“Invalidation is triggering. It makes a white hot anger rise up inside. We want to defend ourselves the way we couldn’t when we were young. At the same time, we lean towards self-doubt because we’d all rather believe the abuse didn’t happen at all. Invalidation makes healing slow down and we feel like we don’t have a right to share our story anymore.
In the end, we can’t control other people (or the things they say). We can only control our behavior.
“Care about what other people think and you will always be their prisoner.” — Lao Tzu, Tao Te Ching”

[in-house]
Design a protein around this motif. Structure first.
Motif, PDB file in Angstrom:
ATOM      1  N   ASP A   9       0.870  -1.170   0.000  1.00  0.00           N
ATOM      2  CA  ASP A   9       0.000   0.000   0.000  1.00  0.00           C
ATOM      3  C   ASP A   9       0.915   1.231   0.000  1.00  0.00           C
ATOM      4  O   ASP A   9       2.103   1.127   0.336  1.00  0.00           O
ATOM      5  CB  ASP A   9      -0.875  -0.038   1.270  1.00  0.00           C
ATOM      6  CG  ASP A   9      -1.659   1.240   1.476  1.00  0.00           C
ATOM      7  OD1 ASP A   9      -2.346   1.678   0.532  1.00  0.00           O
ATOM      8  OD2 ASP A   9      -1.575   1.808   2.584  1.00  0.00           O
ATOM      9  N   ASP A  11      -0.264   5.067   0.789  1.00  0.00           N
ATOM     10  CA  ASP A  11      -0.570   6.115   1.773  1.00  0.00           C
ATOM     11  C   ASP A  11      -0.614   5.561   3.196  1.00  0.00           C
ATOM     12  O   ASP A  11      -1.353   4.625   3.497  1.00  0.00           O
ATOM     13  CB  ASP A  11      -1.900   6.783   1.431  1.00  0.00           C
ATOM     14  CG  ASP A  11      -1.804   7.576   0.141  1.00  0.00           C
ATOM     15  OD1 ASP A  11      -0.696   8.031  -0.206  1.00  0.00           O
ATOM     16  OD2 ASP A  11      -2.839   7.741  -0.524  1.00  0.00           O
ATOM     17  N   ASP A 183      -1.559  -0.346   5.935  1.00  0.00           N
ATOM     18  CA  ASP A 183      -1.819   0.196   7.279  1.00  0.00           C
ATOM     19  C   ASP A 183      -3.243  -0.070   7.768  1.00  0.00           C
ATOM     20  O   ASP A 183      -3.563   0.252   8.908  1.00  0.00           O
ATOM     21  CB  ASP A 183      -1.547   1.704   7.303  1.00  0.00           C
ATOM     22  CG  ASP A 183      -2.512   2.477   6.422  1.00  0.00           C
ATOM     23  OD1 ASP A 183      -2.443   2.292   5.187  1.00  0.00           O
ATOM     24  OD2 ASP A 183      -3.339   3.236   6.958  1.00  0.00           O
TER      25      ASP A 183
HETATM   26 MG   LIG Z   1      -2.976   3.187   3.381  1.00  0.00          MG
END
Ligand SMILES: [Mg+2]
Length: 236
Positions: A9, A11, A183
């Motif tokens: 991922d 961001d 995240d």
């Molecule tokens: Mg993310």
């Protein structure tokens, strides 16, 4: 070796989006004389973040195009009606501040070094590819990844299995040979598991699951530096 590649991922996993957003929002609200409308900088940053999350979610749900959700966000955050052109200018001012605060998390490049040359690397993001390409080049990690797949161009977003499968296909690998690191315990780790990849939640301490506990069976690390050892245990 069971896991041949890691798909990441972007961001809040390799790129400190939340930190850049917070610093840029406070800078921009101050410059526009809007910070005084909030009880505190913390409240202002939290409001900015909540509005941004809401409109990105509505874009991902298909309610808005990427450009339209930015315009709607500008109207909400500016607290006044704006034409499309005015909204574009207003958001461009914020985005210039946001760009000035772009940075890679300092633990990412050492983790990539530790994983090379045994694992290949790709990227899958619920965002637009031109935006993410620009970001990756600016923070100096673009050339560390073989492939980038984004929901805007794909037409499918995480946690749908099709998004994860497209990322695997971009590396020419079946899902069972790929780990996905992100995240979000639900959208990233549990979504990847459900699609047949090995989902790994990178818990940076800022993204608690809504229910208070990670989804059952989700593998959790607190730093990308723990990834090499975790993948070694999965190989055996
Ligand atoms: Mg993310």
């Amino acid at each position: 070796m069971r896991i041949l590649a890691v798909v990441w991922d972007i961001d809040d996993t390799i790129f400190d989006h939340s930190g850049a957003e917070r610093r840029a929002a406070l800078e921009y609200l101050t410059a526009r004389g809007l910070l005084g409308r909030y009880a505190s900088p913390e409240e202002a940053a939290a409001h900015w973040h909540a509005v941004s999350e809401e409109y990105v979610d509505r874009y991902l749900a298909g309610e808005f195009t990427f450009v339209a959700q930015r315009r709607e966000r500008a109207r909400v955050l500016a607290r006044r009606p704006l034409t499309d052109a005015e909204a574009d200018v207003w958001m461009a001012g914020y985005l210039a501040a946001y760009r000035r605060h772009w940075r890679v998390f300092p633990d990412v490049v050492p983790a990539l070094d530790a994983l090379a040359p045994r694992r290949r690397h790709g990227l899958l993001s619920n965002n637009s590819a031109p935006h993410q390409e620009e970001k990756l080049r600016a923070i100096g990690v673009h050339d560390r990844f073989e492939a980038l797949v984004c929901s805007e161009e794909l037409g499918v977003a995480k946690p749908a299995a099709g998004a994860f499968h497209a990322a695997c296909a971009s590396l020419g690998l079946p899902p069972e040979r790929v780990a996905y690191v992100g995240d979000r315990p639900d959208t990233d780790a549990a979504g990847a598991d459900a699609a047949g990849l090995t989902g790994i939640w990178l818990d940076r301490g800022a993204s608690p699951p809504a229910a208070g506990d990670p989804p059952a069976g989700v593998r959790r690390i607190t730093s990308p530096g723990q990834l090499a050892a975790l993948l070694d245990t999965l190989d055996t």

This is very true, and is something I try to mention often when we talk about whether a survivor should tell their story. I’m all for any survivor who wants to tell their story, but that survivor should also be prepared to deal with people who don’t respond very well. OR not deal with them, as the case may be. In the end, our healing doesn’t require those people, it only requires ourselves. So even if the response is invalidation, you continue down that path, and validate yourself.